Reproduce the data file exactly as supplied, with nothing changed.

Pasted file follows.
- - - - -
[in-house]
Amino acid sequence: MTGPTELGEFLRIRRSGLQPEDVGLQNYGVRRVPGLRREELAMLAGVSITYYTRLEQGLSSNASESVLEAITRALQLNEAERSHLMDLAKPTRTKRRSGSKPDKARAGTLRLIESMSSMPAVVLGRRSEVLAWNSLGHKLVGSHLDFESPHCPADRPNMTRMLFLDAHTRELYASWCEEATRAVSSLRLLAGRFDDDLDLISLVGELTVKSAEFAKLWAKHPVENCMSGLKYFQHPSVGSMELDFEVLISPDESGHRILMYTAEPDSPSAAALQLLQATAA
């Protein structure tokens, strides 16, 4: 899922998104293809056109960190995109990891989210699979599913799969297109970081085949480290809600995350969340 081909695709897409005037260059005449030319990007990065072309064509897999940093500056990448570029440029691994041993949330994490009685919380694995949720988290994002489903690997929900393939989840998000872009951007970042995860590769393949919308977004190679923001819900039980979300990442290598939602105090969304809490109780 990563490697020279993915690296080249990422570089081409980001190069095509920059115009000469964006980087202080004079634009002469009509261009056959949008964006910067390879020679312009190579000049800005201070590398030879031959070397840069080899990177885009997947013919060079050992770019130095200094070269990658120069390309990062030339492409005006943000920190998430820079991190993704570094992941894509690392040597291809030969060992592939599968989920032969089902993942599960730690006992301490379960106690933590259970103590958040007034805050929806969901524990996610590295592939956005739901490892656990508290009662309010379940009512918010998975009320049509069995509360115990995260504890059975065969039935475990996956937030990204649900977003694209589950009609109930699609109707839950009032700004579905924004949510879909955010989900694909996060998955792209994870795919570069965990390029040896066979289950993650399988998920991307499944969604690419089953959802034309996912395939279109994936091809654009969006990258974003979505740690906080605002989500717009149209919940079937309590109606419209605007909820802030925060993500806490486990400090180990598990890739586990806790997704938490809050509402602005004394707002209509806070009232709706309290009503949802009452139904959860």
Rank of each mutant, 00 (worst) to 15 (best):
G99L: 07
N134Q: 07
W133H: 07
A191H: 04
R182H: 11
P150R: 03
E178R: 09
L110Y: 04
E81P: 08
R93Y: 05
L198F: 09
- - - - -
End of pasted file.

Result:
[in-house]
Amino acid sequence: MTGPTELGEFLRIRRSGLQPEDVGLQNYGVRRVPGLRREELAMLAGVSITYYTRLEQGLSSNASESVLEAITRALQLNEAERSHLMDLAKPTRTKRRSGSKPDKARAGTLRLIESMSSMPAVVLGRRSEVLAWNSLGHKLVGSHLDFESPHCPADRPNMTRMLFLDAHTRELYASWCEEATRAVSSLRLLAGRFDDDLDLISLVGELTVKSAEFAKLWAKHPVENCMSGLKYFQHPSVGSMELDFEVLISPDESGHRILMYTAEPDSPSAAALQLLQATAA
């Protein structure tokens, strides 16, 4: 899922998104293809056109960190995109990891989210699979599913799969297109970081085949480290809600995350969340 081909695709897409005037260059005449030319990007990065072309064509897999940093500056990448570029440029691994041993949330994490009685919380694995949720988290994002489903690997929900393939989840998000872009951007970042995860590769393949919308977004190679923001819900039980979300990442290598939602105090969304809490109780 990563490697020279993915690296080249990422570089081409980001190069095509920059115009000469964006980087202080004079634009002469009509261009056959949008964006910067390879020679312009190579000049800005201070590398030879031959070397840069080899990177885009997947013919060079050992770019130095200094070269990658120069390309990062030339492409005006943000920190998430820079991190993704570094992941894509690392040597291809030969060992592939599968989920032969089902993942599960730690006992301490379960106690933590259970103590958040007034805050929806969901524990996610590295592939956005739901490892656990508290009662309010379940009512918010998975009320049509069995509360115990995260504890059975065969039935475990996956937030990204649900977003694209589950009609109930699609109707839950009032700004579905924004949510879909955010989900694909996060998955792209994870795919570069965990390029040896066979289950993650399988998920991307499944969604690419089953959802034309996912395939279109994936091809654009969006990258974003979505740690906080605002989500717009149209919940079937309590109606419209605007909820802030925060993500806490486990400090180990598990890739586990806790997704938490809050509402602005004394707002209509806070009232709706309290009503949802009452139904959860």
Rank of each mutant, 00 (worst) to 15 (best):
G99L: 07
N134Q: 07
W133H: 07
A191H: 04
R182H: 11
P150R: 03
E178R: 09
L110Y: 04
E81P: 08
R93Y: 05
L198F: 09